interaction between entities, particularly their disconnection and reconnection;
abnormal death events (use separate Q and R);
reversions i.e. resumption of normal life;
random events using parallel life structure.
The end leaf of an entity represents the effect or action (see figure 1). The operations provide a way of describing these effects. The logical operations which should be documented are:
Store <attribute>, keys, remaining attributes, <attribute> using <expression>;
Replace <attribute>, <attribute> by <expression>;
Tie to <entity> (establish relationship with master);
Cut from <entity> (remove relationship with master);
Gain <entity> (establish relationship with detail);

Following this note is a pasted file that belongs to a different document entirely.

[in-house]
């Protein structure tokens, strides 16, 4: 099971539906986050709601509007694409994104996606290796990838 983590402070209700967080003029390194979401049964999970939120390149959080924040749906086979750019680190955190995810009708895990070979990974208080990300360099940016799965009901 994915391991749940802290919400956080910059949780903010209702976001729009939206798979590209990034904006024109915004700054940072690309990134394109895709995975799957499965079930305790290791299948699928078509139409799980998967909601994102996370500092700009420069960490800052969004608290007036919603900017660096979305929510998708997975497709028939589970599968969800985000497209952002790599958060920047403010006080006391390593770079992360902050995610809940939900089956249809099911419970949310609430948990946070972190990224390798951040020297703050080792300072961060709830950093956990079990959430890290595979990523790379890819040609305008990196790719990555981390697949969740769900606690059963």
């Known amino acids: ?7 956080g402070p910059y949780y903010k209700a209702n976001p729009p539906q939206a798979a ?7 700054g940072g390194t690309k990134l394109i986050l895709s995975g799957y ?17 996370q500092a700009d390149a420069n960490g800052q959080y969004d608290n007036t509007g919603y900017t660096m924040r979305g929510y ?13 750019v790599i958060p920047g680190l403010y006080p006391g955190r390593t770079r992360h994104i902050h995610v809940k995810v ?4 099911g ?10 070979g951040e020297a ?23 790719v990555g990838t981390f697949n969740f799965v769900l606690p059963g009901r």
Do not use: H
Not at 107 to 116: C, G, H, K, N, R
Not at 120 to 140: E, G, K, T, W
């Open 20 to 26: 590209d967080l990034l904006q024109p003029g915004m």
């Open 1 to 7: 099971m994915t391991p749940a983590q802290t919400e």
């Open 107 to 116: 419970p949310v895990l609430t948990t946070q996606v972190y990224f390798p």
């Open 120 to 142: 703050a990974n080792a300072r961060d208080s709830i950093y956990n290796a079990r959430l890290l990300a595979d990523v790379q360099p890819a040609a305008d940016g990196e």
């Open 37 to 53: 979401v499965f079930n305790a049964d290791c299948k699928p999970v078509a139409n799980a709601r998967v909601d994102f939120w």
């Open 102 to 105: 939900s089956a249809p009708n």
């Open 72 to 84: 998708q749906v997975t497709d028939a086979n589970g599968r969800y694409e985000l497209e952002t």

Lose <entity> (remove relationship with detail).
The addition of operations can be illustrated by the following example:
Figure 10: Illustration of Addition of Operations
In the logical design stage of SSADM state indicators are added to ELHs.
By adding state indicators to ELHs we can see which event occurred last and which event can occur. A state indicator is a numeric value which identifies the completion of an event.
The following information is added to the end leaves of the ELH:
valid previous values is a list of values a state indicator can have for the event to be allowed;
value a state indicator is set to by the event.
State indicators are added by:
first adding set to values;
then considering the sequence of events to determine the valid previous values.
An example is shown below:
Figure 11: Illustration of the Addition of State Indicators
For more information on state indicators read the Goodland and Slater recommend reading (pp.329-341).
In summary ELHs: